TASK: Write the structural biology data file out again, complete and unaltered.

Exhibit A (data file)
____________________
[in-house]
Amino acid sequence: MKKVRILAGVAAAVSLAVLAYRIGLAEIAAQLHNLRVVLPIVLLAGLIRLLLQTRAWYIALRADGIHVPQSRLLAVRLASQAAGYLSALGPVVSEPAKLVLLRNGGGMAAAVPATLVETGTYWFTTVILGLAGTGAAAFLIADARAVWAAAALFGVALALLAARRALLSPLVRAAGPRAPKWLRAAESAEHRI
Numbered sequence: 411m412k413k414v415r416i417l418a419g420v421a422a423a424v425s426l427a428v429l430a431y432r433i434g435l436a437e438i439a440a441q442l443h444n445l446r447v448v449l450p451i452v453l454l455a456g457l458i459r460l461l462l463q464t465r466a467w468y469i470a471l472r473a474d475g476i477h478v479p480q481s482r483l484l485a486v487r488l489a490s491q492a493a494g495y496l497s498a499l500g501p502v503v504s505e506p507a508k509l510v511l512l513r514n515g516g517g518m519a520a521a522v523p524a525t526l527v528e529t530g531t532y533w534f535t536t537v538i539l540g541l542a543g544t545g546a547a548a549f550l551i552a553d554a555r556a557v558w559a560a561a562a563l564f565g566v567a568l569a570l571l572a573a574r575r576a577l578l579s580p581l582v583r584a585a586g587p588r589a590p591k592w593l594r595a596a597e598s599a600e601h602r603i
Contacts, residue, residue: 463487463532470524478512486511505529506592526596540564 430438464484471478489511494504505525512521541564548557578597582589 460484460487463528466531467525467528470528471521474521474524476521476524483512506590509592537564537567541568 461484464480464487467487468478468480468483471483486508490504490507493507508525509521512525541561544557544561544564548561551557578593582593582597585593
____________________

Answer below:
[in-house]
Amino acid sequence: MKKVRILAGVAAAVSLAVLAYRIGLAEIAAQLHNLRVVLPIVLLAGLIRLLLQTRAWYIALRADGIHVPQSRLLAVRLASQAAGYLSALGPVVSEPAKLVLLRNGGGMAAAVPATLVETGTYWFTTVILGLAGTGAAAFLIADARAVWAAAALFGVALALLAARRALLSPLVRAAGPRAPKWLRAAESAEHRI
Numbered sequence: 411m412k413k414v415r416i417l418a419g420v421a422a423a424v425s426l427a428v429l430a431y432r433i434g435l436a437e438i439a440a441q442l443h444n445l446r447v448v449l450p451i452v453l454l455a456g457l458i459r460l461l462l463q464t465r466a467w468y469i470a471l472r473a474d475g476i477h478v479p480q481s482r483l484l485a486v487r488l489a490s491q492a493a494g495y496l497s498a499l500g501p502v503v504s505e506p507a508k509l510v511l512l513r514n515g516g517g518m519a520a521a522v523p524a525t526l527v528e529t530g531t532y533w534f535t536t537v538i539l540g541l542a543g544t545g546a547a548a549f550l551i552a553d554a555r556a557v558w559a560a561a562a563l564f565g566v567a568l569a570l571l572a573a574r575r576a577l578l579s580p581l582v583r584a585a586g587p588r589a590p591k592w593l594r595a596a597e598s599a600e601h602r603i
Contacts, residue, residue: 463487463532470524478512486511505529506592526596540564 430438464484471478489511494504505525512521541564548557578597582589 460484460487463528466531467525467528470528471521474521474524476521476524483512506590509592537564537567541568 461484464480464487467487468478468480468483471483486508490504490507493507508525509521512525541561544557544561544564548561551557578593582593582597585593